Behind the Music: Rebekah Fitch

Behind the Music: Rebekah Fitch

We can be so overwhelmed with new music at times with the invention of technology such as last.fm previously and more modernly Spotify that no longer does it take a long time, money or effort to sink your teeth into your next new favourite band.

It’s a common story – hear a song you like, you follow the artist. Follow the artist, you see them live. See them live and you’ll see their personality. Then you might like to know their history and how certain music came to be.

Welcome to Behind the Music with our first guest, Belfast’s alternative-pop songstress Rebekah Fitch.

We ask the artists how certain songs came to be, the thought process behind the music videos and share their favourite moments within the tracks.


The song: This whole song is an expression of amazement at the wonder of an unconditional love. It was sparked one morning in church when I was completely struck by a sudden realization of the incredible and inexplicable love God has for us. If we are brought up hearing about this we can become overly used to it, but one morning it hit me afresh and totally blew my mind. What else to do then but put this pure euphoria into song? My faith is the most important thing in my life and so I often write about how it affects me, about my thoughts and experiences, and seeing the world through that lens.

Music video: I knew the most important thing I wanted to express in the video was the ecstatic feeling of being overcome by pure joy. I absolutely adore creating the visual expression of my music as it allows to you capture the artistry and mood of the music in a whole new dimension, enhancing and developing it so others can see how it lives in your mind.

I wanted to capture this excitement by shooting as the sun went down, and into the night, as I felt it translated the freedom and exhilarated rush of the song. My friend, Morag, is an incredible dancer and someone truly after God’s own heart, so she was able to capture the meaning of the song so genuinely in her movement. Her dancing was so free and spontaneous which really contributed to the feeling of the music.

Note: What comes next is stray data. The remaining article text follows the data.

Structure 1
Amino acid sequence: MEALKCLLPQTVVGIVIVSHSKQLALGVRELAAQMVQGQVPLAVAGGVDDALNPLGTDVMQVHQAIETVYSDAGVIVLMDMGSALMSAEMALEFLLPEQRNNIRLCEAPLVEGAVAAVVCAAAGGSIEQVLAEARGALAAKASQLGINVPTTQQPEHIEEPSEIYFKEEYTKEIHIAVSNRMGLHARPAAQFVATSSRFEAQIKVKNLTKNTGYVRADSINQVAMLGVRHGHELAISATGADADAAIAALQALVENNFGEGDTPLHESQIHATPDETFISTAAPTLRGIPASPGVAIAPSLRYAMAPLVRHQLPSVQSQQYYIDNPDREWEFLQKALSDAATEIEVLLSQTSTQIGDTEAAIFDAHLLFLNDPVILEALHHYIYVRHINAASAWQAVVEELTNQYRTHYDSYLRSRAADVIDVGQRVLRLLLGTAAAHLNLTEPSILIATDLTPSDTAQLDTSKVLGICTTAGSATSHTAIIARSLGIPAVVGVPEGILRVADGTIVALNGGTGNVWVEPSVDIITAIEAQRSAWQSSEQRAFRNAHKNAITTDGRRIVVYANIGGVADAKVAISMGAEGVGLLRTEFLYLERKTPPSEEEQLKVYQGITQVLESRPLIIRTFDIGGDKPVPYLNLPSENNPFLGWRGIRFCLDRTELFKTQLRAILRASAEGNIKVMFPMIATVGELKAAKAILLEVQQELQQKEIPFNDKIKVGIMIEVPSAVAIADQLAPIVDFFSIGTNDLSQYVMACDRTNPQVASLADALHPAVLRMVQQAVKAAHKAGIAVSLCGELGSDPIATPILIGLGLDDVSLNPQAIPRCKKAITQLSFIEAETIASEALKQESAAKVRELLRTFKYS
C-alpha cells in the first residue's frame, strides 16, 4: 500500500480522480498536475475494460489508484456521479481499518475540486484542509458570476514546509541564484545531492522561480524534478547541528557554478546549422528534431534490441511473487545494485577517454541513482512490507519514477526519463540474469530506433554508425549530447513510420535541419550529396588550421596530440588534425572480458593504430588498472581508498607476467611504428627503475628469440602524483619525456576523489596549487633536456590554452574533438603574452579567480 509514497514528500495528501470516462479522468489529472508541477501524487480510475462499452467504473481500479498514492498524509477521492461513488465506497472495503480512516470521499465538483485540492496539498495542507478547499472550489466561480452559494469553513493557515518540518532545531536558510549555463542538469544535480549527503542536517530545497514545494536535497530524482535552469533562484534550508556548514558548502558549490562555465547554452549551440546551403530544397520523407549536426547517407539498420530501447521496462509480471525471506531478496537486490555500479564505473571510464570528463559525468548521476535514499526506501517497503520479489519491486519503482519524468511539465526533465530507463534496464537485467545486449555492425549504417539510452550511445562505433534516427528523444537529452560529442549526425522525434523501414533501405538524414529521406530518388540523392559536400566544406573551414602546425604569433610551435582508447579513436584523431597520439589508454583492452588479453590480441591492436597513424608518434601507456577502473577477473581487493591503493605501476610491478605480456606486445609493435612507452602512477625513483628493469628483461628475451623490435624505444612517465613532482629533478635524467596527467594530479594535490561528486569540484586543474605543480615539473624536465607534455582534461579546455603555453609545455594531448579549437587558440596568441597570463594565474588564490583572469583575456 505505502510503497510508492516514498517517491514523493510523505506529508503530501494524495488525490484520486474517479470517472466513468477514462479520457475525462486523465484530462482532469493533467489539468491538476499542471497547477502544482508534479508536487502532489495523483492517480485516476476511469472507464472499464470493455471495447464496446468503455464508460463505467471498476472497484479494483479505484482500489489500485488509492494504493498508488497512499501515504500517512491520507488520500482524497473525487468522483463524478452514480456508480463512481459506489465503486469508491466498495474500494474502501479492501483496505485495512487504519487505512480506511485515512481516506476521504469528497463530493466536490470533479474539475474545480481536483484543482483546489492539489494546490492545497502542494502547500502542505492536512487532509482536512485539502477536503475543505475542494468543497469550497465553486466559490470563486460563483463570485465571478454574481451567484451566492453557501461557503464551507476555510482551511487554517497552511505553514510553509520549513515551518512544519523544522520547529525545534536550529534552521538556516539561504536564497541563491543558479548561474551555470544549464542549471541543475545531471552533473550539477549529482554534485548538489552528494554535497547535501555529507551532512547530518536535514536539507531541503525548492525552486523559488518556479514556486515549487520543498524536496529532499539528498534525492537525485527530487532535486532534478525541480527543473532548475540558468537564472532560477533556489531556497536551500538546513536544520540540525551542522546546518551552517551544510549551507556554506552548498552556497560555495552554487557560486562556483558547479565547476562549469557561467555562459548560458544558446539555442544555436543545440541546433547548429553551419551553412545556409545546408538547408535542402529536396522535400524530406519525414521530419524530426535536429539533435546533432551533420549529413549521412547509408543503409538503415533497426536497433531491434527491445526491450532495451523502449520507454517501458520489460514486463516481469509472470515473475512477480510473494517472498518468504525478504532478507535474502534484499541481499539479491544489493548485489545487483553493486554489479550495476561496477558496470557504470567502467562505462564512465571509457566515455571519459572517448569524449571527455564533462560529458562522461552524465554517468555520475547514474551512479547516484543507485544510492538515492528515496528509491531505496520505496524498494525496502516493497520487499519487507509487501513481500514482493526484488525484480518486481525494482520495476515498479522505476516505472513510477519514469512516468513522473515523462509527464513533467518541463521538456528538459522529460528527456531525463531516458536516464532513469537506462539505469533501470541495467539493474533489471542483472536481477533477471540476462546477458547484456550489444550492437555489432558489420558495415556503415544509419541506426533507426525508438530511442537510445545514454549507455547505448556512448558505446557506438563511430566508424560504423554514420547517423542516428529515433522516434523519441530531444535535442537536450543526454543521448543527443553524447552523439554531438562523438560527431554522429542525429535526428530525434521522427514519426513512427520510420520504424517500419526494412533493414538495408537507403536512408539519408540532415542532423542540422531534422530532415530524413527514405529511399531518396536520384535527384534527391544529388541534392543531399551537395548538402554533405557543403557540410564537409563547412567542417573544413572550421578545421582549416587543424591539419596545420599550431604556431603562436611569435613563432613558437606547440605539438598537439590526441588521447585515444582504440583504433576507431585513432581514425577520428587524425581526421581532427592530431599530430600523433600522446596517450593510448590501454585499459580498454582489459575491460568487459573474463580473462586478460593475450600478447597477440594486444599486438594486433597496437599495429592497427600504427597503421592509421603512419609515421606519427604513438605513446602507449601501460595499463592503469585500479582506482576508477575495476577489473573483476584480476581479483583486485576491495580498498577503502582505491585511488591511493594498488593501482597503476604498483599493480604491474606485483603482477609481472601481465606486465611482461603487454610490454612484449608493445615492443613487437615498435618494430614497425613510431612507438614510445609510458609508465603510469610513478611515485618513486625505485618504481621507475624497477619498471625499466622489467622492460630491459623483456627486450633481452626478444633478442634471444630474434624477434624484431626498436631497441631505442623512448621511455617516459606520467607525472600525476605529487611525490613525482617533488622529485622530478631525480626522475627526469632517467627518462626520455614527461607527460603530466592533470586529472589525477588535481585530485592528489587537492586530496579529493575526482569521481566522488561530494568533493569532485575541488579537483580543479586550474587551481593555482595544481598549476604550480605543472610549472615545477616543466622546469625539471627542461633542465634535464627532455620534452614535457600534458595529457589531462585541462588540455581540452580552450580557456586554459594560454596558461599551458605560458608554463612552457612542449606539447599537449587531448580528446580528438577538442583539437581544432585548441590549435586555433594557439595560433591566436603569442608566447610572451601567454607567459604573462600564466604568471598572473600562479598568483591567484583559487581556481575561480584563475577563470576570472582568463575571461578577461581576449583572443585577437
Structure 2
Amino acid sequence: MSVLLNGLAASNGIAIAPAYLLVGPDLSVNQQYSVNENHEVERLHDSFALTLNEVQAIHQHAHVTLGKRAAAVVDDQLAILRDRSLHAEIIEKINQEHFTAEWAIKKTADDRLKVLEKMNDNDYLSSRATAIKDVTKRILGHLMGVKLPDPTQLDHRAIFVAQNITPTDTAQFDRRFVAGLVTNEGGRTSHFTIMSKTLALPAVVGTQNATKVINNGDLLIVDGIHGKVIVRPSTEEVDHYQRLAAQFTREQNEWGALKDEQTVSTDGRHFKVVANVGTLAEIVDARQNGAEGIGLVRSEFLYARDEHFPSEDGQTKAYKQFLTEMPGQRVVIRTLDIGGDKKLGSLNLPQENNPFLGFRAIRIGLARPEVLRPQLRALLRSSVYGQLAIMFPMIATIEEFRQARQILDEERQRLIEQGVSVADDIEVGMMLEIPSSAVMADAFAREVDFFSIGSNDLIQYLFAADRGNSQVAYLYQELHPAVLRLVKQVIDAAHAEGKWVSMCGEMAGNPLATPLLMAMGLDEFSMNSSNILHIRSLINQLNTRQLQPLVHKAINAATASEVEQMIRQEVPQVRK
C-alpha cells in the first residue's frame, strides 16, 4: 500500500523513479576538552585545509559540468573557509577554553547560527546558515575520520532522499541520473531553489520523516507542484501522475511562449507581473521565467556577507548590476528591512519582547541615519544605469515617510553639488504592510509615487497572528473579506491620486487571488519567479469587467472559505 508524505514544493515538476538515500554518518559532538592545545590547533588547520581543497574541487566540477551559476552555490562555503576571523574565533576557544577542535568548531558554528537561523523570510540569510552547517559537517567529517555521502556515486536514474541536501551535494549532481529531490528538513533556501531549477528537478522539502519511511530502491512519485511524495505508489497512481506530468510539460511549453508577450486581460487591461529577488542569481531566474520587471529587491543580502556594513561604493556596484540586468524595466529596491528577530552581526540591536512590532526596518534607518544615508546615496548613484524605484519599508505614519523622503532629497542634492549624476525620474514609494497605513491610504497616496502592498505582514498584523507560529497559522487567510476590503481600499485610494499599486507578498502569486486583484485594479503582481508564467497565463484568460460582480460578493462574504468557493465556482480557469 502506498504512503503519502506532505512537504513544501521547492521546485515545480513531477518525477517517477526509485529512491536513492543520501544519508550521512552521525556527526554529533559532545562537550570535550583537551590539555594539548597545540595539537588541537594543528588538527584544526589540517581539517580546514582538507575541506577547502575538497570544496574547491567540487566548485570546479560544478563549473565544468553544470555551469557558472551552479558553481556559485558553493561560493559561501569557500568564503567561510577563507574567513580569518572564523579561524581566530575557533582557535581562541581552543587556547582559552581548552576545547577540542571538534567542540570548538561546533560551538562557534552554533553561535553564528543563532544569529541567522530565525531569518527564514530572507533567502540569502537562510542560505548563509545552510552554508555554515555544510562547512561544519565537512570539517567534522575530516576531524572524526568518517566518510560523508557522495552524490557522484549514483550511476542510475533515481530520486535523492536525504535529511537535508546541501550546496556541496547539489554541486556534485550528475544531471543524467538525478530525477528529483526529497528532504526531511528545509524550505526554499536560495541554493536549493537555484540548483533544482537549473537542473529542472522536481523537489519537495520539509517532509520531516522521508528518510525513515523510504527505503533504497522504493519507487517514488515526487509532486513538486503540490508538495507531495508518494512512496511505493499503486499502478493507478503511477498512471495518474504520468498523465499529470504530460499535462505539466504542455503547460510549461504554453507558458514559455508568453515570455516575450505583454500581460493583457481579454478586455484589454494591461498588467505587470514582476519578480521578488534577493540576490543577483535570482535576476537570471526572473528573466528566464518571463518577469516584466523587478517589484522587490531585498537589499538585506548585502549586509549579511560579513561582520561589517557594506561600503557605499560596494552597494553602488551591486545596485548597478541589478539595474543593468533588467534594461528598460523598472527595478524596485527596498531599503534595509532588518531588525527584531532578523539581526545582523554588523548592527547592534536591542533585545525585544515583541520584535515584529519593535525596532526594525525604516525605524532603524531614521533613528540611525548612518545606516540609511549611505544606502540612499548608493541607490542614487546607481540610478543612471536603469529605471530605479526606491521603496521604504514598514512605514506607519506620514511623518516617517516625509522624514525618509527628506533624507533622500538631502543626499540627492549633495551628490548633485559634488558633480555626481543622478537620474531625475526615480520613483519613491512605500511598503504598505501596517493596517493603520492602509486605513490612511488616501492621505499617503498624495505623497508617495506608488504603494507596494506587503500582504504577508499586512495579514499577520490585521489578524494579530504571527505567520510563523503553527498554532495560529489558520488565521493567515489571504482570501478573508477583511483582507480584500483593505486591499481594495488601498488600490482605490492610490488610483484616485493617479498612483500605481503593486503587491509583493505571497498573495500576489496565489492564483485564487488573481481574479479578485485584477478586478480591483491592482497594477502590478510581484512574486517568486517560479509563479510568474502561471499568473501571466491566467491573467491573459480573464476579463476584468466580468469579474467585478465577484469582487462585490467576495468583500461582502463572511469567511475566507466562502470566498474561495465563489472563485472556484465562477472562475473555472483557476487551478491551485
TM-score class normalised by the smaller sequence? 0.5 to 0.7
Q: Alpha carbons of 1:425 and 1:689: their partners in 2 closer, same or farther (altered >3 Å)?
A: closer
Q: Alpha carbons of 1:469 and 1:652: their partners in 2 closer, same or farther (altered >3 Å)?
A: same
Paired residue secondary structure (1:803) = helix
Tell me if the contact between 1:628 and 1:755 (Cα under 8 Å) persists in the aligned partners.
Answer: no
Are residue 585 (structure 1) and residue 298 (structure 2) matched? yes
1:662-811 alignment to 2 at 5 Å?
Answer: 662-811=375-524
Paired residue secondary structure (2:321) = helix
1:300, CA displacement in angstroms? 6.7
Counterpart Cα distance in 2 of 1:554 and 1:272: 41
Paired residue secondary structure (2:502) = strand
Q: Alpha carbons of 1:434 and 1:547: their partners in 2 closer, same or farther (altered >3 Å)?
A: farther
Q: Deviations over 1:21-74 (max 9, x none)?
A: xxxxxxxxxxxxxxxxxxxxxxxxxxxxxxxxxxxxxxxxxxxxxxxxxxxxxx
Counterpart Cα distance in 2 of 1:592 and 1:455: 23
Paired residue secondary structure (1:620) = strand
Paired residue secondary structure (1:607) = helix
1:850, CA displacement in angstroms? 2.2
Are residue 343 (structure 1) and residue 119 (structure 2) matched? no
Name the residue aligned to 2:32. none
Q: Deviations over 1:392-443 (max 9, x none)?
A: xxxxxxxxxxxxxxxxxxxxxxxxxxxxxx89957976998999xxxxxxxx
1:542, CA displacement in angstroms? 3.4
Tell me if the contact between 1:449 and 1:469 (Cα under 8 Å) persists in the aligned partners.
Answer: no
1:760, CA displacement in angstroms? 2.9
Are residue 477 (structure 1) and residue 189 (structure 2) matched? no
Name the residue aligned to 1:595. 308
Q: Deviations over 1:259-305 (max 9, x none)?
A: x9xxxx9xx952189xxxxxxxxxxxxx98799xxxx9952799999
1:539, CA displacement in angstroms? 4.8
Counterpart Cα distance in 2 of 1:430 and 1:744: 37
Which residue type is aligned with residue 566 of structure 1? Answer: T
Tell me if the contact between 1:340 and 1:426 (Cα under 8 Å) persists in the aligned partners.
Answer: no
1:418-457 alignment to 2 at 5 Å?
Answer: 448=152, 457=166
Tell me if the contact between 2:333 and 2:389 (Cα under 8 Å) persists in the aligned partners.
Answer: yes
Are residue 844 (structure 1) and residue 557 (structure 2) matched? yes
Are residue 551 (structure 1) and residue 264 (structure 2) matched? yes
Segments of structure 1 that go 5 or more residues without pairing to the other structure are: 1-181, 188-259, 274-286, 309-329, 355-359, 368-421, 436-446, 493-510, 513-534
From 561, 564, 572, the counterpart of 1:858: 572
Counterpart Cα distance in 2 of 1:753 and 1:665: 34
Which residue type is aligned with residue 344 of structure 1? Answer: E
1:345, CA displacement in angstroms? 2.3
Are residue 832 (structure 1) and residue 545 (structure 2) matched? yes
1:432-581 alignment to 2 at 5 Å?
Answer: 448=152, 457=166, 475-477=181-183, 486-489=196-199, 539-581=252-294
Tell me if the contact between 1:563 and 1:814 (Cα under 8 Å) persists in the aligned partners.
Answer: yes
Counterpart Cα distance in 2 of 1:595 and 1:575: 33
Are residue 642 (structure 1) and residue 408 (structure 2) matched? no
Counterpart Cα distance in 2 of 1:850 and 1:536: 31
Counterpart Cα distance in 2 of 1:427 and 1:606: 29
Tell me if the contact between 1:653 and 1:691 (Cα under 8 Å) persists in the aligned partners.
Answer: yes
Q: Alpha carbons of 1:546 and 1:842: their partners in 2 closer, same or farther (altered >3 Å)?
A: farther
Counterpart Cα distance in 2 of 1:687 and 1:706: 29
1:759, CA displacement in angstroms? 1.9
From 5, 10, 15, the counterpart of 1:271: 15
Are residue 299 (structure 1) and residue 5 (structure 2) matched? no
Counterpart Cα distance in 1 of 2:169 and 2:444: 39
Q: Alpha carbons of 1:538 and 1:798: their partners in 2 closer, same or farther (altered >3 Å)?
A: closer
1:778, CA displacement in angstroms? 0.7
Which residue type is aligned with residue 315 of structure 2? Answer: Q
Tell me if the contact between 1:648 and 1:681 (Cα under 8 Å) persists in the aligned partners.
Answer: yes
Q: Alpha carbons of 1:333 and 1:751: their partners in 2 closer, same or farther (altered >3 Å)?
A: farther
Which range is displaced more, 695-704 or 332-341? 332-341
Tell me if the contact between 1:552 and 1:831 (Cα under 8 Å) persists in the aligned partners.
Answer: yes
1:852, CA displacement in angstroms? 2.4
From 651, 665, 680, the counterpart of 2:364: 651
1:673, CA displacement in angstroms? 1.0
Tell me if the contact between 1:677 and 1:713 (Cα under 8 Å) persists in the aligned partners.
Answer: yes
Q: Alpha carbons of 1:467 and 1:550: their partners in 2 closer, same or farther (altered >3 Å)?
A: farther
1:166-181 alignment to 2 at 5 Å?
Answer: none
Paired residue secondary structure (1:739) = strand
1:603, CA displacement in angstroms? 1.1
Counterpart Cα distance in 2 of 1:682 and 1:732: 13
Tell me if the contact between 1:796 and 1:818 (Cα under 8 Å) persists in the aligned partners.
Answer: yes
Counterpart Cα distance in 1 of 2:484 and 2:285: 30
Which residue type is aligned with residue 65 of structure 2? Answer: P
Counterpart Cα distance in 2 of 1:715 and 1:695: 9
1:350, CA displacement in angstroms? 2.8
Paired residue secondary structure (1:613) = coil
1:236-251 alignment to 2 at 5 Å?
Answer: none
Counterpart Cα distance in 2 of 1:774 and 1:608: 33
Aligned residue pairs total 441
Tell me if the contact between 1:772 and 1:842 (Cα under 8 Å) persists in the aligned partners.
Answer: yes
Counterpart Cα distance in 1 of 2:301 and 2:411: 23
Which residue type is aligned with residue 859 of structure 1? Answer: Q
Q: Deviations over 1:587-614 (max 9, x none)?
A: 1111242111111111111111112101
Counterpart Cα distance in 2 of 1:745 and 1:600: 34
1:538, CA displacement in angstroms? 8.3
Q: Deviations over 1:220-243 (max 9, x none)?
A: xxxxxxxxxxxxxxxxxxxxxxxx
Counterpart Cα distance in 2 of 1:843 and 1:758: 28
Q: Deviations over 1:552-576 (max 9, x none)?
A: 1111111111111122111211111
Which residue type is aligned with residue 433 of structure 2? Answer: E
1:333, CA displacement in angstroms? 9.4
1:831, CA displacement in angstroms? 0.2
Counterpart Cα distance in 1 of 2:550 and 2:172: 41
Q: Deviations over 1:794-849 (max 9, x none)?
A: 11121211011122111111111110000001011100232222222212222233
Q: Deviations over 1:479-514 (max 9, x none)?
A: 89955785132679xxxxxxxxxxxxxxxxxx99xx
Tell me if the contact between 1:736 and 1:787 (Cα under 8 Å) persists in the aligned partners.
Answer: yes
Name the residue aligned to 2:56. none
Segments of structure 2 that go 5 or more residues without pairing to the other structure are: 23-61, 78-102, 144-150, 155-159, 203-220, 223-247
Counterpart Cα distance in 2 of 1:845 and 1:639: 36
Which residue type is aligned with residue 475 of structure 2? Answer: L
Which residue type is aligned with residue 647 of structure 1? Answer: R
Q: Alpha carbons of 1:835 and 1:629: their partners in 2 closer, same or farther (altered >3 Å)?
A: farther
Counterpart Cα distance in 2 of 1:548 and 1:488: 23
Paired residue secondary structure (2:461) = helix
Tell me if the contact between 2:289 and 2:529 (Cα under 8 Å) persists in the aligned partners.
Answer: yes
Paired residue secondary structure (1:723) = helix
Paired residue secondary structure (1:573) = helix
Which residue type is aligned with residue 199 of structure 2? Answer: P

Favourite moment: I love when it breaks into the chorus, as it’s so heightened with energy and you don’t have to hold anything back.

The song: I’ve written a few songs about mental health struggles, and this was one that was less about the façade we put on and more about the confusion and the struggle that really happens behind it all. I guess I was writing about it sort of like a nightmarish fantasy, being in a new place that is dark, chaotic, and very lonely, yet over time it becomes harder to leave as we grow into it.

Music video: I had so many ideas for this one as it was super visual in my mind, and it already felt like it had its own world where you could step right in. When I was producing it, I had pictured floating in a great, dark chasm, with strange sounds echoing from every direction. Very eerie and unsettling. I can’t believe we actually managed to shoot the video underwater!

Favourite moment: I play the flute in this one, and I love building up the different looped layers with pitch bends to create the song’s atmosphere in the beginning.

The song: Another Show was about a similar subject matter, voicing the inner thoughts of a broken mind, yet more about how we present ourselves to the world: the fake smile that society wants to see, the mask we wear, the façade we create, the show we put on to stop the people we care about from worrying. We are desperate to feel something, to break through the hazy numbness of our reality, yet all we can do is gear ourselves up for another day of the “show”.